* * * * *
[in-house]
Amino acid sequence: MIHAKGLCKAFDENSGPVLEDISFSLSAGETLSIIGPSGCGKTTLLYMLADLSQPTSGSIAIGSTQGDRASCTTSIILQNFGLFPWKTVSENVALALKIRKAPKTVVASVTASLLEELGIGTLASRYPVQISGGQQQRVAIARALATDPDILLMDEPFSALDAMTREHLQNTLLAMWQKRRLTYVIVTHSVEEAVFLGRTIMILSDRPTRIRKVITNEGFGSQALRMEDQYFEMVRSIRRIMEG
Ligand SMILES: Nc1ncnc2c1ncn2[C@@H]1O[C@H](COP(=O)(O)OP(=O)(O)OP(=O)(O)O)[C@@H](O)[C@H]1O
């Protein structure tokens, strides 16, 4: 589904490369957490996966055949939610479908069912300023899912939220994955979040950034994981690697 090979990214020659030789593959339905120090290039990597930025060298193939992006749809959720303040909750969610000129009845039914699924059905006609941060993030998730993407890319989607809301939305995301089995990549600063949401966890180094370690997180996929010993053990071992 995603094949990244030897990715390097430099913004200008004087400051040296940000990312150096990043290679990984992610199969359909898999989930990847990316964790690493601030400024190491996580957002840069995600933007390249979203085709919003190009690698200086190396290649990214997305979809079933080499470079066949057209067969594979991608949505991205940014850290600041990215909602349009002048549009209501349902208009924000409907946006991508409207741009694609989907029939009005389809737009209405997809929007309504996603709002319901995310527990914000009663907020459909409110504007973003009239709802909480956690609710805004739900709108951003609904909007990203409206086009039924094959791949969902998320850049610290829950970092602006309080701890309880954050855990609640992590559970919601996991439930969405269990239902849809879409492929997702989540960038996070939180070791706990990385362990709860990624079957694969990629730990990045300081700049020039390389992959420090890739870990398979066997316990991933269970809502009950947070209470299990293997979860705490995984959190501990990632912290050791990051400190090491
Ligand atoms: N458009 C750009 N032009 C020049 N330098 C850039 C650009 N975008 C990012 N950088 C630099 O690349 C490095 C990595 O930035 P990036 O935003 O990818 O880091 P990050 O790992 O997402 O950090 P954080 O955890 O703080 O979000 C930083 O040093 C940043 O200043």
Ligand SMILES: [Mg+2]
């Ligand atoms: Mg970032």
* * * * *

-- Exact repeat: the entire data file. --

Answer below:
[in-house]
Amino acid sequence: MIHAKGLCKAFDENSGPVLEDISFSLSAGETLSIIGPSGCGKTTLLYMLADLSQPTSGSIAIGSTQGDRASCTTSIILQNFGLFPWKTVSENVALALKIRKAPKTVVASVTASLLEELGIGTLASRYPVQISGGQQQRVAIARALATDPDILLMDEPFSALDAMTREHLQNTLLAMWQKRRLTYVIVTHSVEEAVFLGRTIMILSDRPTRIRKVITNEGFGSQALRMEDQYFEMVRSIRRIMEG
Ligand SMILES: Nc1ncnc2c1ncn2[C@@H]1O[C@H](COP(=O)(O)OP(=O)(O)OP(=O)(O)O)[C@@H](O)[C@H]1O
């Protein structure tokens, strides 16, 4: 589904490369957490996966055949939610479908069912300023899912939220994955979040950034994981690697 090979990214020659030789593959339905120090290039990597930025060298193939992006749809959720303040909750969610000129009845039914699924059905006609941060993030998730993407890319989607809301939305995301089995990549600063949401966890180094370690997180996929010993053990071992 995603094949990244030897990715390097430099913004200008004087400051040296940000990312150096990043290679990984992610199969359909898999989930990847990316964790690493601030400024190491996580957002840069995600933007390249979203085709919003190009690698200086190396290649990214997305979809079933080499470079066949057209067969594979991608949505991205940014850290600041990215909602349009002048549009209501349902208009924000409907946006991508409207741009694609989907029939009005389809737009209405997809929007309504996603709002319901995310527990914000009663907020459909409110504007973003009239709802909480956690609710805004739900709108951003609904909007990203409206086009039924094959791949969902998320850049610290829950970092602006309080701890309880954050855990609640992590559970919601996991439930969405269990239902849809879409492929997702989540960038996070939180070791706990990385362990709860990624079957694969990629730990990045300081700049020039390389992959420090890739870990398979066997316990991933269970809502009950947070209470299990293997979860705490995984959190501990990632912290050791990051400190090491
Ligand atoms: N458009 C750009 N032009 C020049 N330098 C850039 C650009 N975008 C990012 N950088 C630099 O690349 C490095 C990595 O930035 P990036 O935003 O990818 O880091 P990050 O790992 O997402 O950090 P954080 O955890 O703080 O979000 C930083 O040093 C940043 O200043």
Ligand SMILES: [Mg+2]
């Ligand atoms: Mg970032």